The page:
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Ticks Tick Borne Dis. 2016 Mar;7(2):378-83. doi: 10.1016/j.ttbdis.2015.12.011. Epub 2015 Dec 17.

Tick (Amblyomma chabaudi) infestation of endemic tortoises in southwest Madagascar and investigation of tick-borne pathogens.

Author information

1
Biozentrum Grindel, University of Hamburg, Hamburg, Germany; Bernhard Nocht Institute for Tropical Medicine, Hamburg, Germany.
2
Biozentrum Grindel, University of Hamburg, Hamburg, Germany. Electronic address: ganzhorn@uni-hamburg.de.
3
Vergleichende Tropenmedizin und Parasitologie, Ludwig-Maximilians-Universität München, Munich, Germany; National Center of Vector Entomology, Institute of Parasitology, University of Zurich, Zurich, Switzerland.
4
Military Hospital Hamburg, Department Tropical Medicine, Hamburg, Germany.
5
Vergleichende Tropenmedizin und Parasitologie, Ludwig-Maximilians-Universität München, Munich, Germany.
6
Biozentrum Grindel, University of Hamburg, Hamburg, Germany.
7
Bernhard Nocht Institute for Tropical Medicine, Hamburg, Germany.
8
Bernhard Nocht Institute for Tropical Medicine, Hamburg, Germany; Institute of Virology, Philipps University Marburg, Marburg, Germany.
9
Bernhard Nocht Institute for Tropical Medicine, Hamburg, Germany; University Medical Center, Hamburg-Eppendorf, Germany.

Abstract

Little is known about the role of endemic ticks as vectors for bacterial and protozoan pathogens for animals and humans in Madagascar and their interaction in anthropogenic habitats where humans, their livestock and native Malagasy species (vectors and hosts) come into more frequent contact than in natural forest ecosystems. The aims of the study were (1) to test whether habitat degradation is associated with increased infestation of tortoises by ticks and (2) to investigate whether ticks carried Babesia, Borrelia or Rickettsia species that might be pathogenic for humans and livestock. We studied hard ticks of two endemic Malagasy tortoises, Astrochelys radiata and Pyxis arachnoides in March and April 2013 in southwest Madagascar. Two tortoise habitats were compared, the National Park of Tsimanampetsotsa and the adjacent degraded pasture and agricultural land at the end of the wet season. Ticks were screened for protozoan and bacterial pathogens via PCR on DNA isolated from ticks using genus-specific primers. Only one out of 42 A. radiata collected from both habitats had ticks. The low prevalence did not allow further analyses of the effect of habitat degradation. Forty-two P. arachnoides were found in the anthropogenic habitat and 36 individuals in the national park. Tick infestation rates of P. arachnoides differed significantly between the two study sites. Tortoises inside the park had lower tick prevalence than outside (8 of 36 (22%) versus 32 of 42 individuals (76%)) and infected animals tended to have fewer ticks inside than outside the park. All ticks collected in both habitats were adults of the ixodid tick Amblyomma chabaudi, which is supposed to be a host-specific tick of P. arachnoides. Screening for Borrelia sp. and Babesia sp. was negative in all ticks. But all A. chabaudi ticks were infected with Rickettsia africae, known to cause spotted fever in humans. Thus, habitat degradation seems to be linked to higher infestation of tortoises with ticks with possible consequences for humans and their livestock.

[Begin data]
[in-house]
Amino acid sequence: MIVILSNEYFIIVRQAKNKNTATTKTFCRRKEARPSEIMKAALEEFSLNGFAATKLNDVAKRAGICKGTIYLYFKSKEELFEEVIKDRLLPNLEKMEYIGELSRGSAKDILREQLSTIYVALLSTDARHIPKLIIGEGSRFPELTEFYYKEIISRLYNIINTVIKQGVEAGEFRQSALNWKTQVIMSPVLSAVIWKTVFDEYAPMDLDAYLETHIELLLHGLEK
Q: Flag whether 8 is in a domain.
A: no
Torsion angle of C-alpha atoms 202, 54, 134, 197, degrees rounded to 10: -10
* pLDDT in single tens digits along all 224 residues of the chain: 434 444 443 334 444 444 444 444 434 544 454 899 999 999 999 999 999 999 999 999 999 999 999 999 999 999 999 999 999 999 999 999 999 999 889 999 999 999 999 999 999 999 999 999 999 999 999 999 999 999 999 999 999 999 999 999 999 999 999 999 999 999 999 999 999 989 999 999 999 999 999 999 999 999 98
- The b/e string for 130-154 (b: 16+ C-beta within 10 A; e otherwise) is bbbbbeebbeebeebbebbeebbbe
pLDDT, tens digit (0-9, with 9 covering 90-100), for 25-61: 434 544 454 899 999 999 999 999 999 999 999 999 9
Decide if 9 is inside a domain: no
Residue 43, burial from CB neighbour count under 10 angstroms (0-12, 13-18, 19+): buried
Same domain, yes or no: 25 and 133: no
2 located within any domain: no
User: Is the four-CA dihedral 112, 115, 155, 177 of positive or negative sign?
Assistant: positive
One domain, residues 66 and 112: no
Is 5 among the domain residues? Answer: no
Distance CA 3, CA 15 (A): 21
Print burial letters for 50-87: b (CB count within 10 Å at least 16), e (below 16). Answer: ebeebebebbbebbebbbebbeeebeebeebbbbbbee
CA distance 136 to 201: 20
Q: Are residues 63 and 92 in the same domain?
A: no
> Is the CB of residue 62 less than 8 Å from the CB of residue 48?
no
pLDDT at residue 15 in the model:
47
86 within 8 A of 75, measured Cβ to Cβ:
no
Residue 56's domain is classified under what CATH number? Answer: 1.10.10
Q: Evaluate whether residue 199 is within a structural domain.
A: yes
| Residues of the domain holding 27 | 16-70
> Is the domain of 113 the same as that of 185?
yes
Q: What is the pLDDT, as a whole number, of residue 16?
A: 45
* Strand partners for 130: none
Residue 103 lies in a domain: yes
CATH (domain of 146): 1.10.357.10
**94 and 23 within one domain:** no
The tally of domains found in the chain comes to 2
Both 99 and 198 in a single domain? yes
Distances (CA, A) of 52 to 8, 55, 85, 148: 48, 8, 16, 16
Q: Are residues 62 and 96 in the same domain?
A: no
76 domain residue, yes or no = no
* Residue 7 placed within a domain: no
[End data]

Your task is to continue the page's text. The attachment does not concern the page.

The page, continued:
KEYWORDS:

Amblyomma; Astrochelys radiata; Madagascar; Pyxis arachnoides; Rickettsia; Tortoise tick

PMID:
26724898
DOI:
10.1016/j.ttbdis.2015.12.011
[Indexed for MEDLINE]

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